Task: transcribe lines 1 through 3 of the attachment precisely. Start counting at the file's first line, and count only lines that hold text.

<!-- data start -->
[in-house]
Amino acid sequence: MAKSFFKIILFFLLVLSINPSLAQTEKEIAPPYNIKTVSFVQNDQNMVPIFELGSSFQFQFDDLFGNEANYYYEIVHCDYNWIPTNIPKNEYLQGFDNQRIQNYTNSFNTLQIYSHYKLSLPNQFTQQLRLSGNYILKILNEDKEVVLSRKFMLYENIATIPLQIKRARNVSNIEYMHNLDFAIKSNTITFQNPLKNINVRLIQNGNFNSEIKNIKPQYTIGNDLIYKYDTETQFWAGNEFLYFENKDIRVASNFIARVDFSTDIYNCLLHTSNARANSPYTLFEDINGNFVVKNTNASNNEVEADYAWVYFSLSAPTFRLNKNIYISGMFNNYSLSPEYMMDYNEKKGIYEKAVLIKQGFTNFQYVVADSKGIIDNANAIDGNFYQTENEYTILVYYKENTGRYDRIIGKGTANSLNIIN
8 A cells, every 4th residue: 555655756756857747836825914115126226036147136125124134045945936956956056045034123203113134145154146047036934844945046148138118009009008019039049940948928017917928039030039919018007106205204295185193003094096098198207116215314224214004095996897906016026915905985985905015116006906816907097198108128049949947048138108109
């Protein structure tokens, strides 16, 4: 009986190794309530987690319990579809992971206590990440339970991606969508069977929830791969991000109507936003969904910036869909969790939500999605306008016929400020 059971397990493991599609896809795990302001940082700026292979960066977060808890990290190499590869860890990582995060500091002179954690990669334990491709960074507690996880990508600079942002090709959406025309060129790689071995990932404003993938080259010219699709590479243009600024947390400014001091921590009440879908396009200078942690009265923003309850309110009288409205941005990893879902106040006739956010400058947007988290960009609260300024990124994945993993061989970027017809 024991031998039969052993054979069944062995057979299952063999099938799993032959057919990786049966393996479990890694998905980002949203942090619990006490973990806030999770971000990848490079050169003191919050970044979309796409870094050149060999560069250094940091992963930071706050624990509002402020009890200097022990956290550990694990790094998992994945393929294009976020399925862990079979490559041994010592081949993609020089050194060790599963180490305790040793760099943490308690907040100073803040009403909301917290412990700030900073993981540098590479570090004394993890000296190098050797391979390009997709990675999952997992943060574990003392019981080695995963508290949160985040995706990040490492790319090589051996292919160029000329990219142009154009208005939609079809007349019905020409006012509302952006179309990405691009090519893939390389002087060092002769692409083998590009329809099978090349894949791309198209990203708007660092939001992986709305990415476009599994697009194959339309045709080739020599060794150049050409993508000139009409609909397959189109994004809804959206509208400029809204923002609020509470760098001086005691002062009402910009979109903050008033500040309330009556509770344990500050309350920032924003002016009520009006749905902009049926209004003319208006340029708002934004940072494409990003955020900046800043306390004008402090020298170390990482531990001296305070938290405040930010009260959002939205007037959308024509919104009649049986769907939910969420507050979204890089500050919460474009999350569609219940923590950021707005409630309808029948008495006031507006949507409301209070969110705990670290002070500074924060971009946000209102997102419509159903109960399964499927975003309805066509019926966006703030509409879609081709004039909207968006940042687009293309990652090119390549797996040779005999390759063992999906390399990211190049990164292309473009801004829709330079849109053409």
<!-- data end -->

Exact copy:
[in-house]
Amino acid sequence: MAKSFFKIILFFLLVLSINPSLAQTEKEIAPPYNIKTVSFVQNDQNMVPIFELGSSFQFQFDDLFGNEANYYYEIVHCDYNWIPTNIPKNEYLQGFDNQRIQNYTNSFNTLQIYSHYKLSLPNQFTQQLRLSGNYILKILNEDKEVVLSRKFMLYENIATIPLQIKRARNVSNIEYMHNLDFAIKSNTITFQNPLKNINVRLIQNGNFNSEIKNIKPQYTIGNDLIYKYDTETQFWAGNEFLYFENKDIRVASNFIARVDFSTDIYNCLLHTSNARANSPYTLFEDINGNFVVKNTNASNNEVEADYAWVYFSLSAPTFRLNKNIYISGMFNNYSLSPEYMMDYNEKKGIYEKAVLIKQGFTNFQYVVADSKGIIDNANAIDGNFYQTENEYTILVYYKENTGRYDRIIGKGTANSLNIIN
8 A cells, every 4th residue: 555655756756857747836825914115126226036147136125124134045945936956956056045034123203113134145154146047036934844945046148138118009009008019039049940948928017917928039030039919018007106205204295185193003094096098198207116215314224214004095996897906016026915905985985905015116006906816907097198108128049949947048138108109